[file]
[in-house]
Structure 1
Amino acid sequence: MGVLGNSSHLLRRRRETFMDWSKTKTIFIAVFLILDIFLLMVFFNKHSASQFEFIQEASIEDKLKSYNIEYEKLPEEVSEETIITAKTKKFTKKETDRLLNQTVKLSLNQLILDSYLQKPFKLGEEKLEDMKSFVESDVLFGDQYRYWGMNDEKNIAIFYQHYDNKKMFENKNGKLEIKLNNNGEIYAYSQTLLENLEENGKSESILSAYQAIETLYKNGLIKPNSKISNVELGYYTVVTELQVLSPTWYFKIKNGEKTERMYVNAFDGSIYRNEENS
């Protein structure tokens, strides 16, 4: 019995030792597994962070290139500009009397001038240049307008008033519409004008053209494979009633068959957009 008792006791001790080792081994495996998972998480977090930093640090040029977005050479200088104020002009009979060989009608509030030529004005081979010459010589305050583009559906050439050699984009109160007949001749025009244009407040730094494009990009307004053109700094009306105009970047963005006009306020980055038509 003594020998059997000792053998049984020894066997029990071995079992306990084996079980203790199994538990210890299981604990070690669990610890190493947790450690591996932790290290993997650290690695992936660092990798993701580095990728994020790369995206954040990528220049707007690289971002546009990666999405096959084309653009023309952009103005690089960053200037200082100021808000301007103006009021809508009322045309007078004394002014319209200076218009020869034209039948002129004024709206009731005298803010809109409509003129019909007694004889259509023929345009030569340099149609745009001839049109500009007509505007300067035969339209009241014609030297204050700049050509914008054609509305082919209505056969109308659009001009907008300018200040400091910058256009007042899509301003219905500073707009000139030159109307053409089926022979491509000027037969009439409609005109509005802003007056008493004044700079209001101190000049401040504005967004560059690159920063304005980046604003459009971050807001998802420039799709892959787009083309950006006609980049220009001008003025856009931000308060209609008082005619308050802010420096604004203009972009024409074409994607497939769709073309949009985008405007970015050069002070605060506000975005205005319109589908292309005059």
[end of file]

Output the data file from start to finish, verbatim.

[in-house]
Structure 1
Amino acid sequence: MGVLGNSSHLLRRRRETFMDWSKTKTIFIAVFLILDIFLLMVFFNKHSASQFEFIQEASIEDKLKSYNIEYEKLPEEVSEETIITAKTKKFTKKETDRLLNQTVKLSLNQLILDSYLQKPFKLGEEKLEDMKSFVESDVLFGDQYRYWGMNDEKNIAIFYQHYDNKKMFENKNGKLEIKLNNNGEIYAYSQTLLENLEENGKSESILSAYQAIETLYKNGLIKPNSKISNVELGYYTVVTELQVLSPTWYFKIKNGEKTERMYVNAFDGSIYRNEENS
């Protein structure tokens, strides 16, 4: 019995030792597994962070290139500009009397001038240049307008008033519409004008053209494979009633068959957009 008792006791001790080792081994495996998972998480977090930093640090040029977005050479200088104020002009009979060989009608509030030529004005081979010459010589305050583009559906050439050699984009109160007949001749025009244009407040730094494009990009307004053109700094009306105009970047963005006009306020980055038509 003594020998059997000792053998049984020894066997029990071995079992306990084996079980203790199994538990210890299981604990070690669990610890190493947790450690591996932790290290993997650290690695992936660092990798993701580095990728994020790369995206954040990528220049707007690289971002546009990666999405096959084309653009023309952009103005690089960053200037200082100021808000301007103006009021809508009322045309007078004394002014319209200076218009020869034209039948002129004024709206009731005298803010809109409509003129019909007694004889259509023929345009030569340099149609745009001839049109500009007509505007300067035969339209009241014609030297204050700049050509914008054609509305082919209505056969109308659009001009907008300018200040400091910058256009007042899509301003219905500073707009000139030159109307053409089926022979491509000027037969009439409609005109509005802003007056008493004044700079209001101190000049401040504005967004560059690159920063304005980046604003459009971050807001998802420039799709892959787009083309950006006609980049220009001008003025856009931000308060209609008082005619308050802010420096604004203009972009024409074409994607497939769709073309949009985008405007970015050069002070605060506000975005205005319109589908292309005059």